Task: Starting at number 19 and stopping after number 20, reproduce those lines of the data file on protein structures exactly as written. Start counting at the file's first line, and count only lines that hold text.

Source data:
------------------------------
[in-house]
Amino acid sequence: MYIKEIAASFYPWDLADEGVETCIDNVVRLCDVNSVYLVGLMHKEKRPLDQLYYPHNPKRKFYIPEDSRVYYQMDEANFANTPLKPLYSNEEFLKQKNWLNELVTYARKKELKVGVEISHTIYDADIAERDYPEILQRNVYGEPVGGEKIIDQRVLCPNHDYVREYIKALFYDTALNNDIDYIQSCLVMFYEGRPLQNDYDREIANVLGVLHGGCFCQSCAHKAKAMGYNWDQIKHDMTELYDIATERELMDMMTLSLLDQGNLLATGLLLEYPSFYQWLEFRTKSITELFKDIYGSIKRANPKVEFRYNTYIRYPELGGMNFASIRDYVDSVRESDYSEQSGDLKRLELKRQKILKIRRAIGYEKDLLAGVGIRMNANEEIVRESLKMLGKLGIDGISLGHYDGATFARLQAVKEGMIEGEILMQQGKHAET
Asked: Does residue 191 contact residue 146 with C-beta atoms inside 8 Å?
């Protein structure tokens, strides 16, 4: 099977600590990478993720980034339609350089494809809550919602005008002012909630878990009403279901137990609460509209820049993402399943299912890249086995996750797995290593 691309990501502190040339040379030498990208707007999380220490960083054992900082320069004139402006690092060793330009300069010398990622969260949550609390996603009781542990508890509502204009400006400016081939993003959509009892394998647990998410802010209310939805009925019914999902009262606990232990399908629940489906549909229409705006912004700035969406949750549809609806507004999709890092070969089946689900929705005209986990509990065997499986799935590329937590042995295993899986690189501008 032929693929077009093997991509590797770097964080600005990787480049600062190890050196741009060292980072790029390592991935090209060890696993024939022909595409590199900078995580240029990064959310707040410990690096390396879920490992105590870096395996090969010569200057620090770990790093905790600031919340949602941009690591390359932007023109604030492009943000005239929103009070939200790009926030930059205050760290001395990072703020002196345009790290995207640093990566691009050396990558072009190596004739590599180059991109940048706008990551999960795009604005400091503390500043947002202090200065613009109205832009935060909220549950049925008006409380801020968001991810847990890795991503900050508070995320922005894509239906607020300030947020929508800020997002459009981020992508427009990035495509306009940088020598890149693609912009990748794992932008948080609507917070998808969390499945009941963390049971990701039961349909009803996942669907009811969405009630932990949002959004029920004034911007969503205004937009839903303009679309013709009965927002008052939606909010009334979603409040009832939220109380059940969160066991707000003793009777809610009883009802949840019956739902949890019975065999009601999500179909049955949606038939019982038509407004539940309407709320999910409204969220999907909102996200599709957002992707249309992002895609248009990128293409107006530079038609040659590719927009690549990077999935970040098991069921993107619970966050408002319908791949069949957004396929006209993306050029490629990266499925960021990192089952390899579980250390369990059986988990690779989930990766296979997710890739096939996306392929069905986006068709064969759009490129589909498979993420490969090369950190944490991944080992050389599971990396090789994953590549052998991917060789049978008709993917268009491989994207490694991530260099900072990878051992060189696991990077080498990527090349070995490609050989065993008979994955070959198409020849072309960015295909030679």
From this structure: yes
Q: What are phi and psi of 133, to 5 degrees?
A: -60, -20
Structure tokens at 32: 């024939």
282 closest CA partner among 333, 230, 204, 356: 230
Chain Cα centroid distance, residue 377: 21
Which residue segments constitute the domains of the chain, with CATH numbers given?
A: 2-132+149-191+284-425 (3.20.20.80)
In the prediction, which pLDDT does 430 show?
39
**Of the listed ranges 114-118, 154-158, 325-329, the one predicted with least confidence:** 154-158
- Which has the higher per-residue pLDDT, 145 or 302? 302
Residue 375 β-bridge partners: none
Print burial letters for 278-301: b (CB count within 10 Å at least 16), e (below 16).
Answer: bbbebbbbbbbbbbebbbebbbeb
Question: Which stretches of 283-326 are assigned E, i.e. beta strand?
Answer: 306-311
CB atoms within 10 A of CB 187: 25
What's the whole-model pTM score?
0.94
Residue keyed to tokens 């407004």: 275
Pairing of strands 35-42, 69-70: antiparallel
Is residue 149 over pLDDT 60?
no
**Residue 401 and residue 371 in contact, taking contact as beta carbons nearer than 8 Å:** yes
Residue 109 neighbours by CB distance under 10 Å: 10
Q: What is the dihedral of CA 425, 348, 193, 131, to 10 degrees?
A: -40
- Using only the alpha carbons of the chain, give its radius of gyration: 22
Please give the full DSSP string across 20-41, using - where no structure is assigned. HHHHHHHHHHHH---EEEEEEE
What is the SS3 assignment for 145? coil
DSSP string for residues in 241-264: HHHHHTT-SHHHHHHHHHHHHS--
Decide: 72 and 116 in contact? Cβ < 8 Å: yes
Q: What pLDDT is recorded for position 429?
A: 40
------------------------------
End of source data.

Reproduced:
Answer: bbbebbbbbbbbbbebbbebbbeb
Question: Which stretches of 283-326 are assigned E, i.e. beta strand?